Jay and Prudy rode a jeepney and got down in another part of the city.
"Let's eat at my friend's restaurant," said Pruding.
            "What's this place, Mang Prudy," asked Jay, looking up at the elevated railway.
"This is Santa Cruz," replied Pruding, settling down at a table in one of the open air restaurants. "Those stairs lead up to LRT, Carriedo station."
"I've never rode the LRT," said the boy.
"I'll take you around the city one of these days."
"Really, sir?"
"Just do everything I say."
"Yes, sir."
            "Everything, sir!" the boy promised. "Just say the word!"
"I'll remember that," Prudy said cryptically. "Hi, Wilson!"
" Prudy " greeted Wilson cheerfully. "Long time!" He looks like Tony Mabesa in Ploning.

"Wilson and I have been friends for a long time, Jay," Prudy told the boy.
"Good afternoon, sir!"
"Oh, polite!" Wilson exclaimed pleasantly, as if used to barbarians. "Not like the one you brought last time," he told Prudy.
            "Wilson!" said Pruding in a tone that means, "Zip your trap!"
"Hi Jay," said Wilson pleasantly. "How old are you?"
"Fifteen, sir!"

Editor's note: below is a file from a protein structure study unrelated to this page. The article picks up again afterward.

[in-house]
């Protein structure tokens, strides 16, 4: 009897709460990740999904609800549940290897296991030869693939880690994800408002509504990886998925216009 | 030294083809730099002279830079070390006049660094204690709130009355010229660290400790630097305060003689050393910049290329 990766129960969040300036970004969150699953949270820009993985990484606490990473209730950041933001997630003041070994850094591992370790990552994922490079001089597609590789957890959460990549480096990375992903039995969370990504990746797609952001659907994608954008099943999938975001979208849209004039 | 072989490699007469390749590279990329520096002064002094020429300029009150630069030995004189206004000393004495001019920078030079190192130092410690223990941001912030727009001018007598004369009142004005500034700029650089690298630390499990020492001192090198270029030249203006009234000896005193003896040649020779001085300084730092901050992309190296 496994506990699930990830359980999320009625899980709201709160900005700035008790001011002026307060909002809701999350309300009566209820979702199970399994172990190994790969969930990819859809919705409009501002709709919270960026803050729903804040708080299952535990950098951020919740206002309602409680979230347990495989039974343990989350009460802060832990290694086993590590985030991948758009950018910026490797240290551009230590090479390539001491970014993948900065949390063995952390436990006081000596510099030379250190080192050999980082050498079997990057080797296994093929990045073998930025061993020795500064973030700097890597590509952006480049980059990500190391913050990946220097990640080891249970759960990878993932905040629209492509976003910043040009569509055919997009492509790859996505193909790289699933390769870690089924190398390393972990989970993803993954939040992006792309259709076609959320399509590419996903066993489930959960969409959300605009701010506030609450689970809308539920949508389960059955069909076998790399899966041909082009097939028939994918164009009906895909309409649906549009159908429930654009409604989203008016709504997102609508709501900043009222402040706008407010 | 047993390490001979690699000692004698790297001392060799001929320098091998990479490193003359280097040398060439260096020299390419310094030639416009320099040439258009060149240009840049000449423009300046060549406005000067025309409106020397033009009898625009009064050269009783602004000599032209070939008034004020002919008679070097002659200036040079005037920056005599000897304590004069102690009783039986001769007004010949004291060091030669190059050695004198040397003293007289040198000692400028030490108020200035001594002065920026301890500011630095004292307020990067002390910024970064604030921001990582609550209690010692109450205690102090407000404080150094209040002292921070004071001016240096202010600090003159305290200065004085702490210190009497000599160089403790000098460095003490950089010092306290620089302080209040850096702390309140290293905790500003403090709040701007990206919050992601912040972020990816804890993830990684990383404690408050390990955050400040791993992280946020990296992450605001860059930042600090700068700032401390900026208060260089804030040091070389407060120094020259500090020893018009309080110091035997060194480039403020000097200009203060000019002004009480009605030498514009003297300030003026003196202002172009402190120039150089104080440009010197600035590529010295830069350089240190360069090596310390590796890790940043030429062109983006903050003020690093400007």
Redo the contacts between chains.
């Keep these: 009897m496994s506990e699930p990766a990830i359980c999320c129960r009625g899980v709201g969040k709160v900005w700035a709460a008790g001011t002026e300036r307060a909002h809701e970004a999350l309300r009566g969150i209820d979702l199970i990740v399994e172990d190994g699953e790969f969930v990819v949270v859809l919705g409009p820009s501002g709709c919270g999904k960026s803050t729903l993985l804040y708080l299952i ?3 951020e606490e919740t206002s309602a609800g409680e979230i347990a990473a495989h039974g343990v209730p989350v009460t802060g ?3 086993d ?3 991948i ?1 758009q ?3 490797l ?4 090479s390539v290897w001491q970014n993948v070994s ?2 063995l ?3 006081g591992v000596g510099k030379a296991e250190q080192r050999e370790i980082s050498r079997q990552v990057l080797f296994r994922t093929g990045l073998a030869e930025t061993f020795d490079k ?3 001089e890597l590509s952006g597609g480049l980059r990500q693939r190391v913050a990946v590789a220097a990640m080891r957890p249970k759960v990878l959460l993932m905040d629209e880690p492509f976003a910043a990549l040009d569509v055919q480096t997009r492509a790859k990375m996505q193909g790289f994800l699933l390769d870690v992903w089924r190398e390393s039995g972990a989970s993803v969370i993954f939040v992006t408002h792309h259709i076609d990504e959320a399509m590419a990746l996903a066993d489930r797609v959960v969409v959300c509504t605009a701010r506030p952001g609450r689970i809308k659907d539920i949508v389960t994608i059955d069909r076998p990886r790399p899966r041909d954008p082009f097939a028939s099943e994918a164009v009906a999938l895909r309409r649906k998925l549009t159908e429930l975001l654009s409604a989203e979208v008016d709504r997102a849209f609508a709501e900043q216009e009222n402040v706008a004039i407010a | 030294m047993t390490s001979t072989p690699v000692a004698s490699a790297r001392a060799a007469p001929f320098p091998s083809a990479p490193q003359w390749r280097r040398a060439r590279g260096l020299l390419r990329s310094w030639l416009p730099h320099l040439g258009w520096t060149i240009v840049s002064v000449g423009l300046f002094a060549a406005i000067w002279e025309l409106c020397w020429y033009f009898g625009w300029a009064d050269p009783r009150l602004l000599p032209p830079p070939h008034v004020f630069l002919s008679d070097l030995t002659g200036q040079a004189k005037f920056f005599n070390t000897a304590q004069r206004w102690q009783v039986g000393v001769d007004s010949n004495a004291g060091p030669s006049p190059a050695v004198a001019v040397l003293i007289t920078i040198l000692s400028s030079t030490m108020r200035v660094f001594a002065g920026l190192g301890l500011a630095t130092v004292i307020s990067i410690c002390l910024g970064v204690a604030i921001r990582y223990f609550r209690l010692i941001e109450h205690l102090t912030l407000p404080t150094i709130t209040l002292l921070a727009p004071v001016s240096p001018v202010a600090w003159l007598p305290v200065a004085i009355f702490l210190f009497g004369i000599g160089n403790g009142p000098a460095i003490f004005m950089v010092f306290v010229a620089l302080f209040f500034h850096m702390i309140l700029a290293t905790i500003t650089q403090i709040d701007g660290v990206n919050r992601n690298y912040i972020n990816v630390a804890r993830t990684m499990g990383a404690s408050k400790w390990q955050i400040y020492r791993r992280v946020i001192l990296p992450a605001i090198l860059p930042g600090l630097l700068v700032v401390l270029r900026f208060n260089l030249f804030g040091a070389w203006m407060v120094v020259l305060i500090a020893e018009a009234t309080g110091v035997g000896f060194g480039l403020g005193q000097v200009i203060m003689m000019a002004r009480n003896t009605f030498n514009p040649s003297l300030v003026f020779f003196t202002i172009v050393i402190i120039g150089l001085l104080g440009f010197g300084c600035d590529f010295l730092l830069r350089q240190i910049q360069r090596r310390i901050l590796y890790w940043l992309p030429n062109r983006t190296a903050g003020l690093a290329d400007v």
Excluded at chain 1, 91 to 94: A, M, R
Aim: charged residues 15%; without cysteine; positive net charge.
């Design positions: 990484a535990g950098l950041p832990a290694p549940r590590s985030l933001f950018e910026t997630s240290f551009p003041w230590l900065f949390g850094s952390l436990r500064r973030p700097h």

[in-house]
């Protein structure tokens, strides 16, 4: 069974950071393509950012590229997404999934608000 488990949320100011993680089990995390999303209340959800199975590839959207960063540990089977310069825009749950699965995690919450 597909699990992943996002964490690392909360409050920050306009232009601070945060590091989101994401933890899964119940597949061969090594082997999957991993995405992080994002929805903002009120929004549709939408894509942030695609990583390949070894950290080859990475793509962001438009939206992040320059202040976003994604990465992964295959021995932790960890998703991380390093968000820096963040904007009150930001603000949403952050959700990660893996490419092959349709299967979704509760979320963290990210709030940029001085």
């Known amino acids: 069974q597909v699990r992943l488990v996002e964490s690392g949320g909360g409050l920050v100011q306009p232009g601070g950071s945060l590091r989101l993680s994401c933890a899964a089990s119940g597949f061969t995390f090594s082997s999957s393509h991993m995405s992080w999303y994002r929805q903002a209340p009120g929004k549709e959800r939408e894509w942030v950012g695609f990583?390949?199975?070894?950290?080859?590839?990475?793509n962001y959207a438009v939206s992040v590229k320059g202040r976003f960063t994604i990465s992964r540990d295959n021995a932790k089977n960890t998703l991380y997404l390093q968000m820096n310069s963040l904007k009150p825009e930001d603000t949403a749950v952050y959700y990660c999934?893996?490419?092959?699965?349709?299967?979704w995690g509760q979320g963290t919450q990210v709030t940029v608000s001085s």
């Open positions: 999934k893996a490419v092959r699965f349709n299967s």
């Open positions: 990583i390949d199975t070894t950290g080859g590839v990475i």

"Ah," Wilson said triumphantly. "Well, anyway! Yeah, Prudy and I go a long way back. We were classmates at Sineng Kayumanggi in Mehan Garden!"
"What's that, sir?" Jay asked. "A school?"
"Oh, long story," said Prudy, changing the topic nonchalantly. "What do you want to eat, what's your favorite ulam?"
"I eat anything, sir," said Jay. "Oh!" a thought struck him. "Except ampalaya!"
"Taste my chopsuey, Jay," Wilson recommended. "And by the way, Mehan Garden is not a school!"

To Be Continued Next Saturday Night On The 2Rivers Saturday Evening Posts

(Photos courtesy of,,

Saturday, February 09, 2013

Fisherboy (1 of 11)

2Rivers February 9-15

Fisherboy: Imaginarily Directed By Ishmael Bernal
A Short Novel by Jonathan Aquino

The sun was playing hide-and-seek in the gliding clouds above Divisoria. The sprawling market was bustling with people like a town celebrating the fiesta. A vegetable vendor in one of stalls near the sidewalk was calling out to customers.

 "Hey, suki, you can be sure, vegetables are always fresh!" said Maxima, who looks like Gina Pareño in Kubrador

A young Indian guy was in his daily round to collect debts. "You're really one of a kind, Aling Maxima," he said admiringly as he parked his scooter. "You sound like a drugstore!"